Gov. Rick Scott, a year after vetoing $15 million for a project to build an interchange at I-75 and Overpass Rd. (see map), allowed the same amount of money to stay in the upcoming state budget this time around.
The money won’t completely fund the approximately $64-million project, but it’s a large enough chunk that the interchange can begin to move forward.
According to Pasco County commissioner Mike Moore, who represents much of Wesley Chapel in District 2, the proposed interchange will not only relieve some of the traffic at the S.R. 56 and S.R. 54 exits in Wesley Chapel, it also will improve the safety conditions on the surrounding state roads by improving additional emergency evacuation and response times within the county.
The interchange also will be built with an eye to future development.
“It’s going to be a big help in that area,’’ says Moore, referencing large developments like the Villages of Pasadena Hills in Zephyrhills and the Connected City project in northern Wesley Chapel.
The Connected City is almost 8,000 acres of land currently under development and running north from Overpass Rd. in Wesley Chapel to S.R. 52 in San Antonio, and east from I-75 to Curley Rd. Expected to be a high-tech business sector, it will feature two Crystal Lagoons in the Mirada and Epperson communities, and (according to developer Metro Development), at the conclusion of its 50-year build out, the Connected City will have 37,000 homes, 67,000 jobs and 100,000 residents.
And those aren’t the only developments coming to this still-rural area. Quail Hollow is adding 400 homes on the former golf course property, and Cypress Creek Middle/High School on Old Pasco Rd. also is new to the area.
“We want to prepare for 20, 30 and 40 years down the road, and that’s what’s happening now,” Moore says of the interchange project, which was first approved in 2004 but was discussed for more than a decade before that.
The plan to build a new I-75 interchange at Overpass Rd., which will be roughly 3.1 miles north of the S.R. 54 exit and 3.6 miles south of the S.R. 52 exit, is part of a larger project to link Old Pasco Rd. all the way east to U.S. Hwy. 301 in Zephyrhills.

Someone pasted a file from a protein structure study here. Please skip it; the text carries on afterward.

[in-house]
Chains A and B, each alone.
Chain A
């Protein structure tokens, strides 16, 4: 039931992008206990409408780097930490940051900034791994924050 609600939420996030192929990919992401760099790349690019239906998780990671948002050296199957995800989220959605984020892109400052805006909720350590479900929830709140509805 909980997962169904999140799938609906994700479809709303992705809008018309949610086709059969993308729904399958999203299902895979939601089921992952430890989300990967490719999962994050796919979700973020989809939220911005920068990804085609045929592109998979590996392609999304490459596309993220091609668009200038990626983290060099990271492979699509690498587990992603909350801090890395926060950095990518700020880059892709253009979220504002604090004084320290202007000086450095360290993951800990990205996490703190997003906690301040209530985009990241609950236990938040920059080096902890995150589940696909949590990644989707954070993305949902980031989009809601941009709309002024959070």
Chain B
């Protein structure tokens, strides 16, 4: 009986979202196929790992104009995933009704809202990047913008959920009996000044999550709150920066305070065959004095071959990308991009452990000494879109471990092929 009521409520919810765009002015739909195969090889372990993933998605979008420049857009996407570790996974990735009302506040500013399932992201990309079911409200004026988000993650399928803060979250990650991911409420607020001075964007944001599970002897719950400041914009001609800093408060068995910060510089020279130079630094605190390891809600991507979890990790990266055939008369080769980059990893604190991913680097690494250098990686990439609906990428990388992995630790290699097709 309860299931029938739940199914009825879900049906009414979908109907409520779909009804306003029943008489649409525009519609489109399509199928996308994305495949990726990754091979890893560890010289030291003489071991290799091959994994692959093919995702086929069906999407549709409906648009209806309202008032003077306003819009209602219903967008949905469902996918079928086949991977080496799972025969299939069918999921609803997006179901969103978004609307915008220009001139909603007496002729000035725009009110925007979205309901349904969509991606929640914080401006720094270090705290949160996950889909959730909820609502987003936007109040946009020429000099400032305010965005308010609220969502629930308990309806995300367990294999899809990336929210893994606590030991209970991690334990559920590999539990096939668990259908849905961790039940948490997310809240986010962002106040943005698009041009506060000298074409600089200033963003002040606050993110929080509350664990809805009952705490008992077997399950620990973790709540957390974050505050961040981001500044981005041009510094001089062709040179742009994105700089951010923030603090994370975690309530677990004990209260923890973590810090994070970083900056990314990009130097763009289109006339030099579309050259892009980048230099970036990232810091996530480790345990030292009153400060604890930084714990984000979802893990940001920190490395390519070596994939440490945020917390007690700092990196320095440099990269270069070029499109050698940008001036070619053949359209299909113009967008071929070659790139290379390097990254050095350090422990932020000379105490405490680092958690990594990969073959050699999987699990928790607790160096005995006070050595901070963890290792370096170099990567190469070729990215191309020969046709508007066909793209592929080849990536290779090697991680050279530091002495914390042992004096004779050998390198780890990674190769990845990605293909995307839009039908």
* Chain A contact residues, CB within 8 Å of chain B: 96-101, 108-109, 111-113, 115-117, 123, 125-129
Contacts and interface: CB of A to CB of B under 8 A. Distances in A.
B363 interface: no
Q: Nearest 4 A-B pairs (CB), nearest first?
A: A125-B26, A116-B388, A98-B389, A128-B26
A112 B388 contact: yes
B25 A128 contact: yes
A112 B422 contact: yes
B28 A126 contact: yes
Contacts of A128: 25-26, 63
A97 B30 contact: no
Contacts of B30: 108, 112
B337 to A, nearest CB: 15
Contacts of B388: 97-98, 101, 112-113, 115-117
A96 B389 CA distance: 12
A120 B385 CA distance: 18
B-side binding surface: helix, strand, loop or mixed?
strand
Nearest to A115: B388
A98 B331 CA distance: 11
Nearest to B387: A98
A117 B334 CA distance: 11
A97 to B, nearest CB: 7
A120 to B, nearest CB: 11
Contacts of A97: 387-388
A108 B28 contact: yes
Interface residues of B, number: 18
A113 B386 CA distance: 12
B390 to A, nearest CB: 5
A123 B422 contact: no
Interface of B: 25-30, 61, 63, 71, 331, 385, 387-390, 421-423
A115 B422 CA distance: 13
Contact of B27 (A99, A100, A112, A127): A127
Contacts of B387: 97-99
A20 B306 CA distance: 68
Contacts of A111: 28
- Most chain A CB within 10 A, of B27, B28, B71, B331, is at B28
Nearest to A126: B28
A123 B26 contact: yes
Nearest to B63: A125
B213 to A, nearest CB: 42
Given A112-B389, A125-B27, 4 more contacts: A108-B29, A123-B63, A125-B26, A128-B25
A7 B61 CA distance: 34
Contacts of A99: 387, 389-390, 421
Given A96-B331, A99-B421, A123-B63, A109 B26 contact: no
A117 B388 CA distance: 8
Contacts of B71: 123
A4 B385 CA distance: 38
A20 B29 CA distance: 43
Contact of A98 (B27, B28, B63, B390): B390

The project was identified in the 2009 Pasco Metropolitan Planning Organization (MPO)’s Transportation Update Plan through 2035 “Needs Plan.” That plan scheduled the new interchange, extension and expansion of Overpass Rd. to be completed between 2016-25.
Moore says the county thinks the project will be completed by November of 2022, as there already is $30 million (not including the $15 million in the new state budget) set aside for the project from mobility fees, local gas taxes and various developer surtaxes. The county is seeking grants to cover the remaining $20-million portion of the costs.
It will begin planning this year for right of way acquisitions, with $12 million earmarked for that process. Next year, $4.6 million will go into the design phase, and the remaining $47 million will go towards construction costs.
Overpass Rd. is currently a two-lane roadway that extends east from Old Pasco Rd. to 0.86 miles east of Boyette Rd.
In addition to adding an interstate exit, Overpass Rd. will be widened to four lanes from I-75 to Old Pasco Rd. as part of the project.
The interchange is part of a larger project to extend Overpass Rd. nine miles from its current eastern terminus at Boyette Rd. all the way to U.S. Hwy. 301.
Moore says Pasco County did well in the latest legislative sessions, crediting Florida Senate Majority Leader Wilton Simpson (whose 10th Senate District incudes northern Wesley Chapel) and State Representative Danny Burgess (R-Dist. 38) for their efforts.
After vetoing $22 million worth of Pasco projects last year, Scott let roughly that same amount stay in the budget this year, including $4.3 million for the Thomas Varnadoe Forensic Center for Research & Education in Land O’Lakes and $1.5 million for the Lighthouse for the Visually Impaired & Blind in Port Richey.